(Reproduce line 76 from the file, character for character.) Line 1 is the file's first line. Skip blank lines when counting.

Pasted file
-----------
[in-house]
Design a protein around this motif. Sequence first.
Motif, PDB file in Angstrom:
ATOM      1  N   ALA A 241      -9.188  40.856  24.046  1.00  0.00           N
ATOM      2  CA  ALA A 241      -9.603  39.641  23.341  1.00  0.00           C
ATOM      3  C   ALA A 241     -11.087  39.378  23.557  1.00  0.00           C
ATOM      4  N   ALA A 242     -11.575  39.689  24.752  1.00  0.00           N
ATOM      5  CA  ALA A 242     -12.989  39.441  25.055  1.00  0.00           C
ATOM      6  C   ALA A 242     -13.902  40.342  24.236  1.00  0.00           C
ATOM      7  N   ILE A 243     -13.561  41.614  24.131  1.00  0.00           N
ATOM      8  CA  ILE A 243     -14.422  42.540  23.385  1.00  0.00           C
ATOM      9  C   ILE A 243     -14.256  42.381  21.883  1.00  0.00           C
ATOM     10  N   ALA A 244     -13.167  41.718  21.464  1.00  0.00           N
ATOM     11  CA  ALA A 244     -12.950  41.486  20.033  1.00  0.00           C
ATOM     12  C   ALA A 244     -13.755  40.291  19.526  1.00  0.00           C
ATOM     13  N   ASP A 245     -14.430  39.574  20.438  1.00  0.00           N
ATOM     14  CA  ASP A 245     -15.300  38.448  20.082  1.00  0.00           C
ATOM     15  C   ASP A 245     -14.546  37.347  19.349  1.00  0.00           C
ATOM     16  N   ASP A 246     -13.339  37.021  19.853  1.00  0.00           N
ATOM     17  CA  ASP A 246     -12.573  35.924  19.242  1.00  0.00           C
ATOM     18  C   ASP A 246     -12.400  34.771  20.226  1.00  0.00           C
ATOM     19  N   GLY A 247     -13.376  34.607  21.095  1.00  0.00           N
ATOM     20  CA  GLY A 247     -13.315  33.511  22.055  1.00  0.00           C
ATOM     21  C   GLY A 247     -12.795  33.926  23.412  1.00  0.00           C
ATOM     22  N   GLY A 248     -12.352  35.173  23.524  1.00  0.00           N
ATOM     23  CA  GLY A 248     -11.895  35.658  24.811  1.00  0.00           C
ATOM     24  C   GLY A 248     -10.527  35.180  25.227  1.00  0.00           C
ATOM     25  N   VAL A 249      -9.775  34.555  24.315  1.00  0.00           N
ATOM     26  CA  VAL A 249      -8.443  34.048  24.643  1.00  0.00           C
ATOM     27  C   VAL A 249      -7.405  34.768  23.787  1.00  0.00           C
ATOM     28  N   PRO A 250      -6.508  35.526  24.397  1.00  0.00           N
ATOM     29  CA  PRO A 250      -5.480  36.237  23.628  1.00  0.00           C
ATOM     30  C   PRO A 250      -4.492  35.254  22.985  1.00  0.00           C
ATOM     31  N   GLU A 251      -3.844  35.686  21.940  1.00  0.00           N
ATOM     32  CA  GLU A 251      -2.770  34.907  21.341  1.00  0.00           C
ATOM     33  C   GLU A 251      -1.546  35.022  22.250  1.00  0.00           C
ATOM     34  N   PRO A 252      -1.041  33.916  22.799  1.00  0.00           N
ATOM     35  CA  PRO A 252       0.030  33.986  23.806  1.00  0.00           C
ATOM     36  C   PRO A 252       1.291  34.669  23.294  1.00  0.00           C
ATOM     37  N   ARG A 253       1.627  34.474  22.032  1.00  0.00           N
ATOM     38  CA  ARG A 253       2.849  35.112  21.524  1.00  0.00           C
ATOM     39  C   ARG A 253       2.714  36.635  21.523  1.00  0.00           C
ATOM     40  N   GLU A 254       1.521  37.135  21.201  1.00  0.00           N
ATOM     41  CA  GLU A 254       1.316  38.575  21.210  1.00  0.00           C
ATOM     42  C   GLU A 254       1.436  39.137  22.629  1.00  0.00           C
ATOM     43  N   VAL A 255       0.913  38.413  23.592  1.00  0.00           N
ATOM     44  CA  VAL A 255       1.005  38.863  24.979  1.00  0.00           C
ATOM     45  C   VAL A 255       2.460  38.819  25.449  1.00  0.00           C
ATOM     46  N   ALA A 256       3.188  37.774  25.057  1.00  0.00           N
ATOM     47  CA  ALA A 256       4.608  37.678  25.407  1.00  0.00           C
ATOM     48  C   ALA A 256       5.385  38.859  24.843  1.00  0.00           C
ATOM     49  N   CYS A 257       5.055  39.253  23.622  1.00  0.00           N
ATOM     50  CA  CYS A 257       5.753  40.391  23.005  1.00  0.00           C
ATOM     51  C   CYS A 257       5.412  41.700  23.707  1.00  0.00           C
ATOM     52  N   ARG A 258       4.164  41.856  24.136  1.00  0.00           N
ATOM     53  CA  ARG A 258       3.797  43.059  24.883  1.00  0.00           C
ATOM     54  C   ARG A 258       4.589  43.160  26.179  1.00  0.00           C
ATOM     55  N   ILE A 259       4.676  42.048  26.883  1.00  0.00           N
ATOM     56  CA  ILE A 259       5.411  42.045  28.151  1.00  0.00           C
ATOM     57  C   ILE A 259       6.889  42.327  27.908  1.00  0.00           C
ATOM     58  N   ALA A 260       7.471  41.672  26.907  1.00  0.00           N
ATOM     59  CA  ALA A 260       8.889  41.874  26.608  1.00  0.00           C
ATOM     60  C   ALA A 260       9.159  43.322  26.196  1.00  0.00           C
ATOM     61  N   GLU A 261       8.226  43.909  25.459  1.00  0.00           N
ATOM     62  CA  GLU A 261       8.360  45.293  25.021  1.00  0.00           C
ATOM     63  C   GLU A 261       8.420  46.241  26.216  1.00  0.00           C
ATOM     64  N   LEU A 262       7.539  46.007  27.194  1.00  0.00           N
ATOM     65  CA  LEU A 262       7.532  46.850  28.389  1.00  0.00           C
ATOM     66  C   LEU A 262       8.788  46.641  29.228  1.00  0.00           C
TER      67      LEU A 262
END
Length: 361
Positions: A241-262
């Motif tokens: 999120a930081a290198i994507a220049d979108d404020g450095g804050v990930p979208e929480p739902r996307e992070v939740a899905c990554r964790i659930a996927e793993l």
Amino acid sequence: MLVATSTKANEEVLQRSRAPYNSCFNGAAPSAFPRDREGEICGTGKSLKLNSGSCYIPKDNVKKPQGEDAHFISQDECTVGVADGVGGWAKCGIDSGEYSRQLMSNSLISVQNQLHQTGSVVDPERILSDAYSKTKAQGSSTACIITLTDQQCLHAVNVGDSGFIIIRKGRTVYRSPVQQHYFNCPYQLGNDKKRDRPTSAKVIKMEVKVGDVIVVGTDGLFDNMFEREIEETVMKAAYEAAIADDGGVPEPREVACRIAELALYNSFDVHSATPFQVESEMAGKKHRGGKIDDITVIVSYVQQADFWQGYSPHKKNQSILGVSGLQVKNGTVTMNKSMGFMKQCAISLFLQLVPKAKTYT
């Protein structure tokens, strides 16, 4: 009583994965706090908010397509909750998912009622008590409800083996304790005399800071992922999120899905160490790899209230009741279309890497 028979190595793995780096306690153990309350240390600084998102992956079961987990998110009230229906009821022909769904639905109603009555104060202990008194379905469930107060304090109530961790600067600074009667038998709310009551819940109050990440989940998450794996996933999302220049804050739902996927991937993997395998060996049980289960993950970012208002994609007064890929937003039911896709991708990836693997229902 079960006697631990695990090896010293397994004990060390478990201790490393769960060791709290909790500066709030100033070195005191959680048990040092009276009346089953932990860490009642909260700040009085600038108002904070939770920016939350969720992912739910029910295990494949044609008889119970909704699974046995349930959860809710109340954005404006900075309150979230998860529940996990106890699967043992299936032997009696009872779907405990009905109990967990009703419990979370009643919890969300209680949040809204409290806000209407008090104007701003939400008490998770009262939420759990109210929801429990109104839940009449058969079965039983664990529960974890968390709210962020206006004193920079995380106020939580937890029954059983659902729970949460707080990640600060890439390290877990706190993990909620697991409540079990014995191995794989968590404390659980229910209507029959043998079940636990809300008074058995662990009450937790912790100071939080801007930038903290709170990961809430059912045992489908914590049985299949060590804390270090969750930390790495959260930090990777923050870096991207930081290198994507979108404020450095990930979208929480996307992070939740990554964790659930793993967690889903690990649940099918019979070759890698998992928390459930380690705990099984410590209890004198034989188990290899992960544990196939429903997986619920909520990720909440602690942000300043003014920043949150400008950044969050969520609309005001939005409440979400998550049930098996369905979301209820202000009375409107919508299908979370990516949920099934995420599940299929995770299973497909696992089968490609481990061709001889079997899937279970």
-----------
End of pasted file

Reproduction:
């Protein structure tokens, strides 16, 4: 009583994965706090908010397509909750998912009622008590409800083996304790005399800071992922999120899905160490790899209230009741279309890497 028979190595793995780096306690153990309350240390600084998102992956079961987990998110009230229906009821022909769904639905109603009555104060202990008194379905469930107060304090109530961790600067600074009667038998709310009551819940109050990440989940998450794996996933999302220049804050739902996927991937993997395998060996049980289960993950970012208002994609007064890929937003039911896709991708990836693997229902 079960006697631990695990090896010293397994004990060390478990201790490393769960060791709290909790500066709030100033070195005191959680048990040092009276009346089953932990860490009642909260700040009085600038108002904070939770920016939350969720992912739910029910295990494949044609008889119970909704699974046995349930959860809710109340954005404006900075309150979230998860529940996990106890699967043992299936032997009696009872779907405990009905109990967990009703419990979370009643919890969300209680949040809204409290806000209407008090104007701003939400008490998770009262939420759990109210929801429990109104839940009449058969079965039983664990529960974890968390709210962020206006004193920079995380106020939580937890029954059983659902729970949460707080990640600060890439390290877990706190993990909620697991409540079990014995191995794989968590404390659980229910209507029959043998079940636990809300008074058995662990009450937790912790100071939080801007930038903290709170990961809430059912045992489908914590049985299949060590804390270090969750930390790495959260930090990777923050870096991207930081290198994507979108404020450095990930979208929480996307992070939740990554964790659930793993967690889903690990649940099918019979070759890698998992928390459930380690705990099984410590209890004198034989188990290899992960544990196939429903997986619920909520990720909440602690942000300043003014920043949150400008950044969050969520609309005001939005409440979400998550049930098996369905979301209820202000009375409107919508299908979370990516949920099934995420599940299929995770299973497909696992089968490609481990061709001889079997899937279970």